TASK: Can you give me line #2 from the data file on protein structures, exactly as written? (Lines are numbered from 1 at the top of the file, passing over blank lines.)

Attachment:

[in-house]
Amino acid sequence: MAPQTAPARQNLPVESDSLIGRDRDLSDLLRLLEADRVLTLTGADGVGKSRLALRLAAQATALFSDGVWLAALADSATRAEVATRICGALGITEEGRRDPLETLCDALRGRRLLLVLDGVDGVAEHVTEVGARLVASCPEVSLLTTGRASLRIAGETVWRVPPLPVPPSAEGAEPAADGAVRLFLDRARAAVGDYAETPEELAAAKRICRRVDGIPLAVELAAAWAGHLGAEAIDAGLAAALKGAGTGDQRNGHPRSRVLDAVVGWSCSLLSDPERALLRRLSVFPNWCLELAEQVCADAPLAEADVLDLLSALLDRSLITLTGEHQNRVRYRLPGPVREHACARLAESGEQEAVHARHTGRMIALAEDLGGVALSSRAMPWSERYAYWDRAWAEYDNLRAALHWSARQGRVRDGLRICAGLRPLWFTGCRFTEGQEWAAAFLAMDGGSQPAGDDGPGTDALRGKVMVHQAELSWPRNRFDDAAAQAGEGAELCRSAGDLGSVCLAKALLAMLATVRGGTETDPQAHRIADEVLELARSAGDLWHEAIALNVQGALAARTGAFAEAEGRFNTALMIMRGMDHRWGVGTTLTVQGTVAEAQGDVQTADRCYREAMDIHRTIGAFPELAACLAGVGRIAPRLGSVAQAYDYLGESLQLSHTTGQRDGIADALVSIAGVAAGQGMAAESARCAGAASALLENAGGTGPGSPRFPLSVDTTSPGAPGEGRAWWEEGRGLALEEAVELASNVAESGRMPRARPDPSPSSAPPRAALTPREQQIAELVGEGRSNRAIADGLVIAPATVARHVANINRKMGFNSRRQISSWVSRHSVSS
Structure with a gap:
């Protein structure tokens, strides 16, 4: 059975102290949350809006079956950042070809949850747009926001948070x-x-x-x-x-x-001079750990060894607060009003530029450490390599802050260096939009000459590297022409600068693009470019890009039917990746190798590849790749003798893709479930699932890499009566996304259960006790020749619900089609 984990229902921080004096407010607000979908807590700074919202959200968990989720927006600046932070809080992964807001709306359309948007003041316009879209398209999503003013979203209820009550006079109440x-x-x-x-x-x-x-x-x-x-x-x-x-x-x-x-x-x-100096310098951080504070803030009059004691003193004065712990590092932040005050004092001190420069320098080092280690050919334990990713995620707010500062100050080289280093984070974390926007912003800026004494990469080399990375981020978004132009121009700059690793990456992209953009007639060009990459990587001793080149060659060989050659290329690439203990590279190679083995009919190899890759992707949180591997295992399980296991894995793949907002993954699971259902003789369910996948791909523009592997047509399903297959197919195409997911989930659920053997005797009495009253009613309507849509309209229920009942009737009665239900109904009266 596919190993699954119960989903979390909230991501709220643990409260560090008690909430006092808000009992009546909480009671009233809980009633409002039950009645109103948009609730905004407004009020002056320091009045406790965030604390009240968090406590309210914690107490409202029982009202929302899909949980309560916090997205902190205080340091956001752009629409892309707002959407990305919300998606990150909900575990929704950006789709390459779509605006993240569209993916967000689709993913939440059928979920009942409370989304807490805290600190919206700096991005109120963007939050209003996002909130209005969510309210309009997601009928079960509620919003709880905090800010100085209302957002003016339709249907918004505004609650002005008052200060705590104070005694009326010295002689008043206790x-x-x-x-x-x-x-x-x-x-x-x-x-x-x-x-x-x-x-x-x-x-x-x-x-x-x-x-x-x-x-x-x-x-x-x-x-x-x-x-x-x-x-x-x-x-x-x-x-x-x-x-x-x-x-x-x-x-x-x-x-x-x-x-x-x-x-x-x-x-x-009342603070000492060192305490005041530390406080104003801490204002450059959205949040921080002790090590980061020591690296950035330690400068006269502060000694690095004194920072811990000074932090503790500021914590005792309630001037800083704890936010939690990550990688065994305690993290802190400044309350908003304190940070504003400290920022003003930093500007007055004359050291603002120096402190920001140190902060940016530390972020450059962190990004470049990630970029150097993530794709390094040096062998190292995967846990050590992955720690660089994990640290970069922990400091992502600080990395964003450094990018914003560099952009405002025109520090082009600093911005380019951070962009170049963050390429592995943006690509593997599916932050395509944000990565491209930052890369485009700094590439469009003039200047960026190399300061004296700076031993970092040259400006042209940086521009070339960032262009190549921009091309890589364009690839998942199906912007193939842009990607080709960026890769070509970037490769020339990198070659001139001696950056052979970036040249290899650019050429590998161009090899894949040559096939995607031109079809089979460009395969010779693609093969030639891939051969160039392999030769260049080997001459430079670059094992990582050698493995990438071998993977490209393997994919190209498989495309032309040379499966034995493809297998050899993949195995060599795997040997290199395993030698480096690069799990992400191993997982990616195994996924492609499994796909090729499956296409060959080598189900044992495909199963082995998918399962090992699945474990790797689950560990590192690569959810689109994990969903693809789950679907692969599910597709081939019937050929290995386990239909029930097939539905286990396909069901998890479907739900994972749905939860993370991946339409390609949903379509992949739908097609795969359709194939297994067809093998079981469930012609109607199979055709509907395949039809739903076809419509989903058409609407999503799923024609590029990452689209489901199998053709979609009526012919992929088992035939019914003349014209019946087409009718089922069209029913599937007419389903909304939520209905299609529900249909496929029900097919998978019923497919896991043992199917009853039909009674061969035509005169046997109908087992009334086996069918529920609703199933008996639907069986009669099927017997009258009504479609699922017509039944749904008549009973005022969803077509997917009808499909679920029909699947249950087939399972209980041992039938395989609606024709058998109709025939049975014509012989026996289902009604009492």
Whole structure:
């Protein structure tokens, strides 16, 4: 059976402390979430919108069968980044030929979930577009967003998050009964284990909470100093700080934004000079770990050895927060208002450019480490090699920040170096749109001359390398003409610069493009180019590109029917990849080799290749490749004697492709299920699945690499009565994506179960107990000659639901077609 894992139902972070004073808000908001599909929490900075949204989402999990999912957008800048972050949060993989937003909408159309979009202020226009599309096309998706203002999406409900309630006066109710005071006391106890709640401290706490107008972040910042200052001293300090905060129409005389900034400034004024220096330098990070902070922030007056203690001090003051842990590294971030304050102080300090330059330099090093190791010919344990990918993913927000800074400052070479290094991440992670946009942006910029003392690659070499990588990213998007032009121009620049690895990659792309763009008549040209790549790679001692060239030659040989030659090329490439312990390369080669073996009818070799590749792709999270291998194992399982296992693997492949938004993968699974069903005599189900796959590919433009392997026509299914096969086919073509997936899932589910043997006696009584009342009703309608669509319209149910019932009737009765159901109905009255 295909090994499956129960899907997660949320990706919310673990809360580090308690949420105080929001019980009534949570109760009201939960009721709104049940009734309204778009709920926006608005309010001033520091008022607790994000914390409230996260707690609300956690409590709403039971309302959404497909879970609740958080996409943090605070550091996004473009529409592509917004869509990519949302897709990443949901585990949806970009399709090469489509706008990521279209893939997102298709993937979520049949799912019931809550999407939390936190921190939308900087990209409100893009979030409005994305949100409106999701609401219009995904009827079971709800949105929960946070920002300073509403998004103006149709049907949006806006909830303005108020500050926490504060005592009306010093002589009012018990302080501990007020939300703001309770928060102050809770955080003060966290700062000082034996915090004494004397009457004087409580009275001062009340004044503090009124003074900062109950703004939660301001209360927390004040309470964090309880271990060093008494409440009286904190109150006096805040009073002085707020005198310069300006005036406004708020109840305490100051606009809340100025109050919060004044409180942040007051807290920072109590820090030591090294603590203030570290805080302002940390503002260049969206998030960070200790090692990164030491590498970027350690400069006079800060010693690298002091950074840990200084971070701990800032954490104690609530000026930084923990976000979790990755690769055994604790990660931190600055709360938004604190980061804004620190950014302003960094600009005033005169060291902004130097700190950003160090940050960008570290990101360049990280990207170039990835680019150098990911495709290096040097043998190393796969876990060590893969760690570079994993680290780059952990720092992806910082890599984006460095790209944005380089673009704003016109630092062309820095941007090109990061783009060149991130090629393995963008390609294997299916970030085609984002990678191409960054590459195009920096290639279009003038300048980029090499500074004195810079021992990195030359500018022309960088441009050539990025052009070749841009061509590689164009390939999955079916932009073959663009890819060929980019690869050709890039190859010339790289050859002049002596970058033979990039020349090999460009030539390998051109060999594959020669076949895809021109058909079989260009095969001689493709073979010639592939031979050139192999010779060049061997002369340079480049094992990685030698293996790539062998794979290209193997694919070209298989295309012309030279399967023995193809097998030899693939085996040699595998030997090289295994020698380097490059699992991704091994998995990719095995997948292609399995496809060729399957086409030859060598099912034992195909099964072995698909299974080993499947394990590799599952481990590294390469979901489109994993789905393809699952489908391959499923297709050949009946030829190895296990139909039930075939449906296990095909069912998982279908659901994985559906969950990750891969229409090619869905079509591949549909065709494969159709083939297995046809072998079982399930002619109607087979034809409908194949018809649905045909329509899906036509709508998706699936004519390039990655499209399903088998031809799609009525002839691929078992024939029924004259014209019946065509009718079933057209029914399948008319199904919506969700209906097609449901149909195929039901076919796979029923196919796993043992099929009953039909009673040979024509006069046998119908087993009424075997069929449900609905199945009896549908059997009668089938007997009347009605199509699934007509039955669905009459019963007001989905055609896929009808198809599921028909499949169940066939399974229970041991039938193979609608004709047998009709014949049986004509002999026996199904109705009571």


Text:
Amino acid sequence: MAPQTAPARQNLPVESDSLIGRDRDLSDLLRLLEADRVLTLTGADGVGKSRLALRLAAQATALFSDGVWLAALADSATRAEVATRICGALGITEEGRRDPLETLCDALRGRRLLLVLDGVDGVAEHVTEVGARLVASCPEVSLLTTGRASLRIAGETVWRVPPLPVPPSAEGAEPAADGAVRLFLDRARAAVGDYAETPEELAAAKRICRRVDGIPLAVELAAAWAGHLGAEAIDAGLAAALKGAGTGDQRNGHPRSRVLDAVVGWSCSLLSDPERALLRRLSVFPNWCLELAEQVCADAPLAEADVLDLLSALLDRSLITLTGEHQNRVRYRLPGPVREHACARLAESGEQEAVHARHTGRMIALAEDLGGVALSSRAMPWSERYAYWDRAWAEYDNLRAALHWSARQGRVRDGLRICAGLRPLWFTGCRFTEGQEWAAAFLAMDGGSQPAGDDGPGTDALRGKVMVHQAELSWPRNRFDDAAAQAGEGAELCRSAGDLGSVCLAKALLAMLATVRGGTETDPQAHRIADEVLELARSAGDLWHEAIALNVQGALAARTGAFAEAEGRFNTALMIMRGMDHRWGVGTTLTVQGTVAEAQGDVQTADRCYREAMDIHRTIGAFPELAACLAGVGRIAPRLGSVAQAYDYLGESLQLSHTTGQRDGIADALVSIAGVAAGQGMAAESARCAGAASALLENAGGTGPGSPRFPLSVDTTSPGAPGEGRAWWEEGRGLALEEAVELASNVAESGRMPRARPDPSPSSAPPRAALTPREQQIAELVGEGRSNRAIADGLVIAPATVARHVANINRKMGFNSRRQISSWVSRHSVSS